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Will China become more democratic by 2020?

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posted on Oct, 15 2008 @ 04:56 PM
My son just showed me an article in the Canada & World section of the Vancouver Sun, today's date, saying "China is expected to become a different society n the next 12 years" page B1. Apparently China would become a democracy by 2020. The article is very interesting, but I wanted to find a link that didn't require a paid subscription, and I did.


Zhou Tianyong, an adviser to the Communist Party's Central Committee and one of its most liberal voices, told the Daily Telegraph that "by 2020, China will basically finish its political and institutional reforms".

He added: "We have a 12-year plan to establish a democratic platform. There will be public democratic involvement at all government levels."

Mr Zhou also predicted "extensive public participation in policy-making, such as drawing up new legislation".

Mr Zhou is deputy head of research at the Central Party School, the most important institution for training senior leaders. President Hu Jintao is among its former directors. ...

Mr Zhou added that civil society in China would also play an important role. "There will be many more non-governmental organisations, chambers of commerce, industry associations and other social groups. Religion should also be given a wider platform to play a positive role. We should protect religious freedom," he said.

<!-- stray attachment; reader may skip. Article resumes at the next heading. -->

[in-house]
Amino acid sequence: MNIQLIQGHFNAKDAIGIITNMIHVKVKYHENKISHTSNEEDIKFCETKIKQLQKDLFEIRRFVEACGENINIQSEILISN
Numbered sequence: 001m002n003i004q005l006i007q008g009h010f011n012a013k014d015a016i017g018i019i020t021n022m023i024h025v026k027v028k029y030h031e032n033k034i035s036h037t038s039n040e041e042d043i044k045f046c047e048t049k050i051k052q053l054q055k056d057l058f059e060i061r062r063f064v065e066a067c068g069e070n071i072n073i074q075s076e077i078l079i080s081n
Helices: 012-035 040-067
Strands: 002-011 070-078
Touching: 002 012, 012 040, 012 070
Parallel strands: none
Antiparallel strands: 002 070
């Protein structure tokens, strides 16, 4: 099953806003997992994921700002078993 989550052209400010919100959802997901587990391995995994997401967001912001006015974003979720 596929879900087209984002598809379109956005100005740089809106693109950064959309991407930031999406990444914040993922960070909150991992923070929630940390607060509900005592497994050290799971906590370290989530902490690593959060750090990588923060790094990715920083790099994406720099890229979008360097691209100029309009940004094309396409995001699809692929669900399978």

"People should not follow the traditional mindset," he added. "We should recognise that the government should serve the people and society."

But Mr Zhou did not predict the end of the one-party state, nor the demise of the Communist Party's monopoly of power.

Any transition to democracy is likely to be a slow process. China already has grassroots elections in over 660,000 villages, although these contests are often rigged. However, there are already small signs of change, with larger cities, such as Nanjing and Guangzhou, recently opening more important posts to public competition.

I find this very interesting. What do you think is likely to happen? Is there anyone here who can talk about the new directions China has been taking lately to facilitate such a goal?

[edit on 15-10-2008 by mystiq]

posted on Oct, 15 2008 @ 05:01 PM
Well for been so vocal Zhou Tianyong may encounter a untimely death, as China is doing quite well with the new emerging elite and the hold they have on centralizing power and wealth.

As this new emerging elite become more powerful they also will squash anybody that will become too dangerous to their control.

No, China will not become democratic any time soon unless the people raises against the government in a bloody and deathly struggle.

posted on Oct, 15 2008 @ 05:11 PM
According to an article from India, here:

China already has elections in over 660,000 villages, although these are often rigged.

However, there are already small signs of change, with larger cities, such as Nanjing and Guangzhou.

Its being covered in both hard print and online. This direction is surprising to me, and I think many would like this to be true. This could change some of the directions this world is
going currently. And in some unexpected quarters perhaps.

Here is an article written by a correspondent in Bejing: